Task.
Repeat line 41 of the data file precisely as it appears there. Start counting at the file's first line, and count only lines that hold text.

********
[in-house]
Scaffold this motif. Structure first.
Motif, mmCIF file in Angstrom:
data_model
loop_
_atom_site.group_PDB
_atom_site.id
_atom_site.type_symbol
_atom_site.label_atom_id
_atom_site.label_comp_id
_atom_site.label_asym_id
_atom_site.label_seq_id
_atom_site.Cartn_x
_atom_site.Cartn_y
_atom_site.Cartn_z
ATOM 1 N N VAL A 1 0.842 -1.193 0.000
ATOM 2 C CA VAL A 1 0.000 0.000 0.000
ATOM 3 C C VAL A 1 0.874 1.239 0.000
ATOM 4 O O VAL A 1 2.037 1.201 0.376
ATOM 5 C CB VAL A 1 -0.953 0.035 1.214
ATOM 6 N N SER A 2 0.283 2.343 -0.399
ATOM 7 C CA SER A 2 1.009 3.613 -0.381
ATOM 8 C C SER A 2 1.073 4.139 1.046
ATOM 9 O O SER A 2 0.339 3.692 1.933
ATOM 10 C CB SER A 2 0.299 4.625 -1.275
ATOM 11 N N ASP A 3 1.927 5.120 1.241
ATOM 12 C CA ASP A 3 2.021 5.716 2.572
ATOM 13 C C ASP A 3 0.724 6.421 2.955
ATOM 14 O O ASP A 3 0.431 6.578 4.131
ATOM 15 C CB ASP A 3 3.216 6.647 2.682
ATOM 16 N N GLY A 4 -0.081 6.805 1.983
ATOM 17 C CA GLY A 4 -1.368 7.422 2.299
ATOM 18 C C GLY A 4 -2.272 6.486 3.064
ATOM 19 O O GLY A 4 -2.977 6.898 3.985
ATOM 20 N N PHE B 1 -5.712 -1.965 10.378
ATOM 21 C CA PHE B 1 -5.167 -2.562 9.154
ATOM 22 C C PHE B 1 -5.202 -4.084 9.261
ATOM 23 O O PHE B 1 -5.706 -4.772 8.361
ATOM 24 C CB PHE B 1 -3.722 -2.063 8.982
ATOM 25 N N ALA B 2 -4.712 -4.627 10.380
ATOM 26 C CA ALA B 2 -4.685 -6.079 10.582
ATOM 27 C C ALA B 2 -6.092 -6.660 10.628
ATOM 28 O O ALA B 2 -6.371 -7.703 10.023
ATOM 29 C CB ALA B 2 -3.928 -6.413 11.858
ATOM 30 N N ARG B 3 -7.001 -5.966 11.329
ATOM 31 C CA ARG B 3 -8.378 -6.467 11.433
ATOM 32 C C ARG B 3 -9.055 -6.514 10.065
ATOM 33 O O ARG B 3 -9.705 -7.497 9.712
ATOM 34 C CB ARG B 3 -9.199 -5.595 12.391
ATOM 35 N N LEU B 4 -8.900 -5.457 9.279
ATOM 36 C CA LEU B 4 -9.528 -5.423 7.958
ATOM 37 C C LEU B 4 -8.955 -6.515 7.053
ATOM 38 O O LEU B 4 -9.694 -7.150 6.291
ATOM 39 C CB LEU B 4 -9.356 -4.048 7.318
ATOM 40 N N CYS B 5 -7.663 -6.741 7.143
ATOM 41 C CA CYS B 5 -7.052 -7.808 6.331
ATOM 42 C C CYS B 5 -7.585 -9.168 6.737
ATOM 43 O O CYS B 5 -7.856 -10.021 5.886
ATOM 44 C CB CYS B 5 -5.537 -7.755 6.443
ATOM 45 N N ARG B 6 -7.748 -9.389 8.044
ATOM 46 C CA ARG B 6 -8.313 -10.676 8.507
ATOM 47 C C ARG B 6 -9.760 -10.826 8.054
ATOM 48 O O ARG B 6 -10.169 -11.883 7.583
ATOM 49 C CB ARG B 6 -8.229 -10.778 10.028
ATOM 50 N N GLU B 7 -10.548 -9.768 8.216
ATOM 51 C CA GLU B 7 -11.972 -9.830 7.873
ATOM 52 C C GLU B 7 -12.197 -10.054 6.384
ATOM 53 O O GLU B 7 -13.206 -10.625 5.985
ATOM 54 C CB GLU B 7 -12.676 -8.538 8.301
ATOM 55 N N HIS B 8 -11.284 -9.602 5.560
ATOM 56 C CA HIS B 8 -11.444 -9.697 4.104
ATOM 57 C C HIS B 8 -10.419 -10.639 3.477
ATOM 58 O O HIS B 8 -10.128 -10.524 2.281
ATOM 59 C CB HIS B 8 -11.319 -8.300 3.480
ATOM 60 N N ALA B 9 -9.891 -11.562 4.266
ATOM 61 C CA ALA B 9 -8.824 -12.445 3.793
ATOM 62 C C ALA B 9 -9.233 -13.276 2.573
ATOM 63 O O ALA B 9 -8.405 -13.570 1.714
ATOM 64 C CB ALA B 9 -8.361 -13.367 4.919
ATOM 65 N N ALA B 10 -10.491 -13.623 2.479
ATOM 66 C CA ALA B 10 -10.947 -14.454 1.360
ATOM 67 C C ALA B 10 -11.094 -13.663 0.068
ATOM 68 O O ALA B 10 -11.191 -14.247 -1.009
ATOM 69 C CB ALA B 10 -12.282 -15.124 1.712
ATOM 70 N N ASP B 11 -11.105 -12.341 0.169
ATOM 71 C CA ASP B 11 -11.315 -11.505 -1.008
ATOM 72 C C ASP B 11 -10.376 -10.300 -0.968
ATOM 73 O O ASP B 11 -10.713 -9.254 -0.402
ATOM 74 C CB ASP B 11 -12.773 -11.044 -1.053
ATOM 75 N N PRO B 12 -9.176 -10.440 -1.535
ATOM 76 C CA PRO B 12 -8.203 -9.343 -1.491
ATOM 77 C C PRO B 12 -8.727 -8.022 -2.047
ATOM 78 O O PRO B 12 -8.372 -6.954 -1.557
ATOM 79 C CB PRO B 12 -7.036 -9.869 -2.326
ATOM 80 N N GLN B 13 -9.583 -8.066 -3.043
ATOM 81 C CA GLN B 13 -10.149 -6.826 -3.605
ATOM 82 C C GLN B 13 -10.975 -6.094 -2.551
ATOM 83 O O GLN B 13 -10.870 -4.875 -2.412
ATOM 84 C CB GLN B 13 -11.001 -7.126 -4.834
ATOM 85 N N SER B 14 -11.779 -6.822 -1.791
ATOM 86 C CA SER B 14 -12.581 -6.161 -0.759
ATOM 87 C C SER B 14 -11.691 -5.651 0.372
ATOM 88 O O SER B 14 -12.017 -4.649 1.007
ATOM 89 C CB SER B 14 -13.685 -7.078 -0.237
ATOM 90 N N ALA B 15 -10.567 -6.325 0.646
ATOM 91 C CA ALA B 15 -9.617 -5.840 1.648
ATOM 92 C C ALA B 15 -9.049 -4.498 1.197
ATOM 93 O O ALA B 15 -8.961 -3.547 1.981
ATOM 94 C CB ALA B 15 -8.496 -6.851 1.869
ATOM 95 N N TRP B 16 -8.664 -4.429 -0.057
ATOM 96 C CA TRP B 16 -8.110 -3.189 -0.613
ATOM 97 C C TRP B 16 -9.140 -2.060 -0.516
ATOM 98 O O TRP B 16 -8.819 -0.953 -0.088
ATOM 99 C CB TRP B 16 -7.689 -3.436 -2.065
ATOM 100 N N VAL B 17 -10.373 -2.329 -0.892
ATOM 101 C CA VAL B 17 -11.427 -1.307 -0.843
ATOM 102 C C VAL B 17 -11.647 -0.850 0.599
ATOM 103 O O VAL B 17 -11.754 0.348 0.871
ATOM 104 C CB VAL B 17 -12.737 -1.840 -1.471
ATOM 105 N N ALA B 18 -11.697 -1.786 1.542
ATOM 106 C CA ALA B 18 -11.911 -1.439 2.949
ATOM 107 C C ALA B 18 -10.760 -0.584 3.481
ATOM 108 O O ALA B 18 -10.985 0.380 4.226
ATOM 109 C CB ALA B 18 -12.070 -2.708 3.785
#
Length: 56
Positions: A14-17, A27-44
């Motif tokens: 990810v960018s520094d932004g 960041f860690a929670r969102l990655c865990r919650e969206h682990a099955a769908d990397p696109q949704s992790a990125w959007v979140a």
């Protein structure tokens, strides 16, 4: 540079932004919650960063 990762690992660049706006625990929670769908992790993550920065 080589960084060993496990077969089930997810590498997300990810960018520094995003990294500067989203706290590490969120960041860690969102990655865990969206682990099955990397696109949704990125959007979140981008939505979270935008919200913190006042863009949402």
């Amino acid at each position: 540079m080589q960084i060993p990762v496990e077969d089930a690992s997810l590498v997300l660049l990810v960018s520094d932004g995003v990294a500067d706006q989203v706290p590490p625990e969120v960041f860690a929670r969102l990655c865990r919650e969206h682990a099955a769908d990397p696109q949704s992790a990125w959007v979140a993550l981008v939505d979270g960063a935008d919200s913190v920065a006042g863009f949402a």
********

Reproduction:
ATOM 26 C CA ALA B 2 -4.685 -6.079 10.582